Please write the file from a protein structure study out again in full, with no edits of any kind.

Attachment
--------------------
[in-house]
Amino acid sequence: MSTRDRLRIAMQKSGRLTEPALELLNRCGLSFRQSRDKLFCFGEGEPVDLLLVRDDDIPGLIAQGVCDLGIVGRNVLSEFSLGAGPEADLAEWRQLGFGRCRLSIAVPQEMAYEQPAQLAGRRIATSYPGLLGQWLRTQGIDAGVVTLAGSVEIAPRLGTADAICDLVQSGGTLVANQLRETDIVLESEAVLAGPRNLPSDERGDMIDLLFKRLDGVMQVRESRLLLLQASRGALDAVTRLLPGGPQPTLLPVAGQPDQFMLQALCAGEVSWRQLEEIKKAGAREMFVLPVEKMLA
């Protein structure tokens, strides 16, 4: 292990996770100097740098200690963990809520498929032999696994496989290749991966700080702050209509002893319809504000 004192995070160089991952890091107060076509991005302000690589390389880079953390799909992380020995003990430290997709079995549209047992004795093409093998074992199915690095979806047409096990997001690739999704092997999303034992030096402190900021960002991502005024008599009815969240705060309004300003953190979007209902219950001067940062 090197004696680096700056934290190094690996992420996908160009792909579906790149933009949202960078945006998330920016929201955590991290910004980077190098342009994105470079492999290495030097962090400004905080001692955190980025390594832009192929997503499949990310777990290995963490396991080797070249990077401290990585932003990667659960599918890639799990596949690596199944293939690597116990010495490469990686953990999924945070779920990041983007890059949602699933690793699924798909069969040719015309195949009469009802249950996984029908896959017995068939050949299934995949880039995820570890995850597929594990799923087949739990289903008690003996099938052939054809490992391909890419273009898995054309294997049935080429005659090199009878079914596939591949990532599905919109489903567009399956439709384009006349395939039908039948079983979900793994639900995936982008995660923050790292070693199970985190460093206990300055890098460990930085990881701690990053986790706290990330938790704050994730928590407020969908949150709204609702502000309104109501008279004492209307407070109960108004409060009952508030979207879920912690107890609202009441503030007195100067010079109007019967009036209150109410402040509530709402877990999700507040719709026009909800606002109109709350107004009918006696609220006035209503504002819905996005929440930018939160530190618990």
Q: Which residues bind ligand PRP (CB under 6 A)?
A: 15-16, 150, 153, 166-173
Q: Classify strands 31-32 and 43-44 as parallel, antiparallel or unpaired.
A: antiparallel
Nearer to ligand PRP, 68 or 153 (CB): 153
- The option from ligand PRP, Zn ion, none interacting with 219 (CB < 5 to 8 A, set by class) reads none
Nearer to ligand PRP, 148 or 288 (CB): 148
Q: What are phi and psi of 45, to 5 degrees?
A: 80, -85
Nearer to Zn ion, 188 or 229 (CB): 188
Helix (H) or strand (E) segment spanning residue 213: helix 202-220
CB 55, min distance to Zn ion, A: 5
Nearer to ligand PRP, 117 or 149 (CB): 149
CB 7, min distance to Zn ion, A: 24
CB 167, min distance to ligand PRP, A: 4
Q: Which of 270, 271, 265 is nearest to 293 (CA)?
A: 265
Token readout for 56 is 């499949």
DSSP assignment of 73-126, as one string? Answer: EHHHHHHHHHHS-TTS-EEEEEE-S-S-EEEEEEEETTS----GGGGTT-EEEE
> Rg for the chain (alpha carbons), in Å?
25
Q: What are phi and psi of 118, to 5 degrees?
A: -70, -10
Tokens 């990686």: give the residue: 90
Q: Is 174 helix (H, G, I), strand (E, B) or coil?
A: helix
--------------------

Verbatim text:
[in-house]
Amino acid sequence: MSTRDRLRIAMQKSGRLTEPALELLNRCGLSFRQSRDKLFCFGEGEPVDLLLVRDDDIPGLIAQGVCDLGIVGRNVLSEFSLGAGPEADLAEWRQLGFGRCRLSIAVPQEMAYEQPAQLAGRRIATSYPGLLGQWLRTQGIDAGVVTLAGSVEIAPRLGTADAICDLVQSGGTLVANQLRETDIVLESEAVLAGPRNLPSDERGDMIDLLFKRLDGVMQVRESRLLLLQASRGALDAVTRLLPGGPQPTLLPVAGQPDQFMLQALCAGEVSWRQLEEIKKAGAREMFVLPVEKMLA
């Protein structure tokens, strides 16, 4: 292990996770100097740098200690963990809520498929032999696994496989290749991966700080702050209509002893319809504000 004192995070160089991952890091107060076509991005302000690589390389880079953390799909992380020995003990430290997709079995549209047992004795093409093998074992199915690095979806047409096990997001690739999704092997999303034992030096402190900021960002991502005024008599009815969240705060309004300003953190979007209902219950001067940062 090197004696680096700056934290190094690996992420996908160009792909579906790149933009949202960078945006998330920016929201955590991290910004980077190098342009994105470079492999290495030097962090400004905080001692955190980025390594832009192929997503499949990310777990290995963490396991080797070249990077401290990585932003990667659960599918890639799990596949690596199944293939690597116990010495490469990686953990999924945070779920990041983007890059949602699933690793699924798909069969040719015309195949009469009802249950996984029908896959017995068939050949299934995949880039995820570890995850597929594990799923087949739990289903008690003996099938052939054809490992391909890419273009898995054309294997049935080429005659090199009878079914596939591949990532599905919109489903567009399956439709384009006349395939039908039948079983979900793994639900995936982008995660923050790292070693199970985190460093206990300055890098460990930085990881701690990053986790706290990330938790704050994730928590407020969908949150709204609702502000309104109501008279004492209307407070109960108004409060009952508030979207879920912690107890609202009441503030007195100067010079109007019967009036209150109410402040509530709402877990999700507040719709026009909800606002109109709350107004009918006696609220006035209503504002819905996005929440930018939160530190618990």
Q: Which residues bind ligand PRP (CB under 6 A)?
A: 15-16, 150, 153, 166-173
Q: Classify strands 31-32 and 43-44 as parallel, antiparallel or unpaired.
A: antiparallel
Nearer to ligand PRP, 68 or 153 (CB): 153
- The option from ligand PRP, Zn ion, none interacting with 219 (CB < 5 to 8 A, set by class) reads none
Nearer to ligand PRP, 148 or 288 (CB): 148
Q: What are phi and psi of 45, to 5 degrees?
A: 80, -85
Nearer to Zn ion, 188 or 229 (CB): 188
Helix (H) or strand (E) segment spanning residue 213: helix 202-220
CB 55, min distance to Zn ion, A: 5
Nearer to ligand PRP, 117 or 149 (CB): 149
CB 7, min distance to Zn ion, A: 24
CB 167, min distance to ligand PRP, A: 4
Q: Which of 270, 271, 265 is nearest to 293 (CA)?
A: 265
Token readout for 56 is 């499949």
DSSP assignment of 73-126, as one string? Answer: EHHHHHHHHHHS-TTS-EEEEEE-S-S-EEEEEEEETTS----GGGGTT-EEEE
> Rg for the chain (alpha carbons), in Å?
25
Q: What are phi and psi of 118, to 5 degrees?
A: -70, -10
Tokens 């990686």: give the residue: 90
Q: Is 174 helix (H, G, I), strand (E, B) or coil?
A: helix